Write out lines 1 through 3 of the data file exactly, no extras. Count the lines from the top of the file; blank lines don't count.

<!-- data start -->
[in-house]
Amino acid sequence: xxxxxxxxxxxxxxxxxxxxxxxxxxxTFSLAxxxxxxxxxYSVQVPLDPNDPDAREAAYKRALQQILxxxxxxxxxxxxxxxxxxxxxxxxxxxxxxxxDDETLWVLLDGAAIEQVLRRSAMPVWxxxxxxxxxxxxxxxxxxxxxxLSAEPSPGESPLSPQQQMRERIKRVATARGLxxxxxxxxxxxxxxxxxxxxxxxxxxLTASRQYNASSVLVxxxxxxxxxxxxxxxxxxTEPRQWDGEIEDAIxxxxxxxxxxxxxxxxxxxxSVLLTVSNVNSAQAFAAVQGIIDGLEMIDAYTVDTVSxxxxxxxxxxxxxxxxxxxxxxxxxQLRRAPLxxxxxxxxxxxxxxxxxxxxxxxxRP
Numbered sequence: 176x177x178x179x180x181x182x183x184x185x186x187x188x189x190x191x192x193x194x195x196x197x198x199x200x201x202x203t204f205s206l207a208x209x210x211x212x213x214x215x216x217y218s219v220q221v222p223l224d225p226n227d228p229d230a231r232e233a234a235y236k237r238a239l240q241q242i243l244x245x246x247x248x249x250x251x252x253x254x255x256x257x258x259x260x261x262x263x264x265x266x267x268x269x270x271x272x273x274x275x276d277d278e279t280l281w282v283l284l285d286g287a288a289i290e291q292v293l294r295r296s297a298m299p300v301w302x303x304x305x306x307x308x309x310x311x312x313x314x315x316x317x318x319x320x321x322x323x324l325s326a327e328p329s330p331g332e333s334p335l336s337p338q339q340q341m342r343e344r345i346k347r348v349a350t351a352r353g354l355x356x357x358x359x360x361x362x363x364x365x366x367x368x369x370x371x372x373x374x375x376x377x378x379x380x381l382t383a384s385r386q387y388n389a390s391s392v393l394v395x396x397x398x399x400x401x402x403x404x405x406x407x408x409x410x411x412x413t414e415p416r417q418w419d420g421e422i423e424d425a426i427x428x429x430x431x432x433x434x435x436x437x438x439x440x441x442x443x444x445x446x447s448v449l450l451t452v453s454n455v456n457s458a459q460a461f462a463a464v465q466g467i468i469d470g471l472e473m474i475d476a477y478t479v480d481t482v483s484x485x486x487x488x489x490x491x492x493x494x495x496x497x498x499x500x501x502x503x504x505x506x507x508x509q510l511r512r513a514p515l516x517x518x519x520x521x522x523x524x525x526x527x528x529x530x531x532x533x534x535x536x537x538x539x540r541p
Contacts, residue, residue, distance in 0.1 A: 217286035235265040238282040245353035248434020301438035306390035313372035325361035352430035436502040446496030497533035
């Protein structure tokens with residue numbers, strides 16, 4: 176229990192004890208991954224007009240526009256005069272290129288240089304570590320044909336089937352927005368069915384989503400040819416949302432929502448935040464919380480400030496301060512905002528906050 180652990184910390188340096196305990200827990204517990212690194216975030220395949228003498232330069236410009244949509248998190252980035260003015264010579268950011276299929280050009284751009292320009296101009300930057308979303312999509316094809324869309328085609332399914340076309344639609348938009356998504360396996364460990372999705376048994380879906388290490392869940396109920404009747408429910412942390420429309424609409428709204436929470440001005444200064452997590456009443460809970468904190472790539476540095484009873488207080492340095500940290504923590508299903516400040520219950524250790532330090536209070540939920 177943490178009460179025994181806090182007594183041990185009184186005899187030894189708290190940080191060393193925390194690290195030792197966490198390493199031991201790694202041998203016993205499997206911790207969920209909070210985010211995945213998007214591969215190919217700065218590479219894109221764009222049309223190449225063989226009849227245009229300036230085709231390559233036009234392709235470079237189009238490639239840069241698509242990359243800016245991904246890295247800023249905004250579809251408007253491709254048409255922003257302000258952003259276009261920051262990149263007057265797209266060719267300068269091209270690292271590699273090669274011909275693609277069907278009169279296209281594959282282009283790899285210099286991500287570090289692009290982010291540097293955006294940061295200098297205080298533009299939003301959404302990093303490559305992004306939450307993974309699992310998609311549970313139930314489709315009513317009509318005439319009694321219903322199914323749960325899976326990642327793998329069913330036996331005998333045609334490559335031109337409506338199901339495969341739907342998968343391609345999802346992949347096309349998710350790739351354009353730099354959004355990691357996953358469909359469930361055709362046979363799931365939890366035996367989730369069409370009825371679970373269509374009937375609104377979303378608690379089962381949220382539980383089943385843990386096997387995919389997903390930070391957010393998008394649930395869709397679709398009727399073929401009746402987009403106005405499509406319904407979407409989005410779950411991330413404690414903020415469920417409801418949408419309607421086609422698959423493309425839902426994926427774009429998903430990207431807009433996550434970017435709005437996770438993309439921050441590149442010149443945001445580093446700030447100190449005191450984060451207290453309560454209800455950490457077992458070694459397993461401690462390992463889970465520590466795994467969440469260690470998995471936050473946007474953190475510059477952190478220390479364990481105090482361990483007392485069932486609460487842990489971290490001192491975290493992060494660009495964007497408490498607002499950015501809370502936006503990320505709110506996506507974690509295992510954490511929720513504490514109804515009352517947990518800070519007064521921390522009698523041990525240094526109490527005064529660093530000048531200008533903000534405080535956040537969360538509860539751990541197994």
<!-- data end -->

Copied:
[in-house]
Amino acid sequence: xxxxxxxxxxxxxxxxxxxxxxxxxxxTFSLAxxxxxxxxxYSVQVPLDPNDPDAREAAYKRALQQILxxxxxxxxxxxxxxxxxxxxxxxxxxxxxxxxDDETLWVLLDGAAIEQVLRRSAMPVWxxxxxxxxxxxxxxxxxxxxxxLSAEPSPGESPLSPQQQMRERIKRVATARGLxxxxxxxxxxxxxxxxxxxxxxxxxxLTASRQYNASSVLVxxxxxxxxxxxxxxxxxxTEPRQWDGEIEDAIxxxxxxxxxxxxxxxxxxxxSVLLTVSNVNSAQAFAAVQGIIDGLEMIDAYTVDTVSxxxxxxxxxxxxxxxxxxxxxxxxxQLRRAPLxxxxxxxxxxxxxxxxxxxxxxxxRP
Numbered sequence: 176x177x178x179x180x181x182x183x184x185x186x187x188x189x190x191x192x193x194x195x196x197x198x199x200x201x202x203t204f205s206l207a208x209x210x211x212x213x214x215x216x217y218s219v220q221v222p223l224d225p226n227d228p229d230a231r232e233a234a235y236k237r238a239l240q241q242i243l244x245x246x247x248x249x250x251x252x253x254x255x256x257x258x259x260x261x262x263x264x265x266x267x268x269x270x271x272x273x274x275x276d277d278e279t280l281w282v283l284l285d286g287a288a289i290e291q292v293l294r295r296s297a298m299p300v301w302x303x304x305x306x307x308x309x310x311x312x313x314x315x316x317x318x319x320x321x322x323x324l325s326a327e328p329s330p331g332e333s334p335l336s337p338q339q340q341m342r343e344r345i346k347r348v349a350t351a352r353g354l355x356x357x358x359x360x361x362x363x364x365x366x367x368x369x370x371x372x373x374x375x376x377x378x379x380x381l382t383a384s385r386q387y388n389a390s391s392v393l394v395x396x397x398x399x400x401x402x403x404x405x406x407x408x409x410x411x412x413t414e415p416r417q418w419d420g421e422i423e424d425a426i427x428x429x430x431x432x433x434x435x436x437x438x439x440x441x442x443x444x445x446x447s448v449l450l451t452v453s454n455v456n457s458a459q460a461f462a463a464v465q466g467i468i469d470g471l472e473m474i475d476a477y478t479v480d481t482v483s484x485x486x487x488x489x490x491x492x493x494x495x496x497x498x499x500x501x502x503x504x505x506x507x508x509q510l511r512r513a514p515l516x517x518x519x520x521x522x523x524x525x526x527x528x529x530x531x532x533x534x535x536x537x538x539x540r541p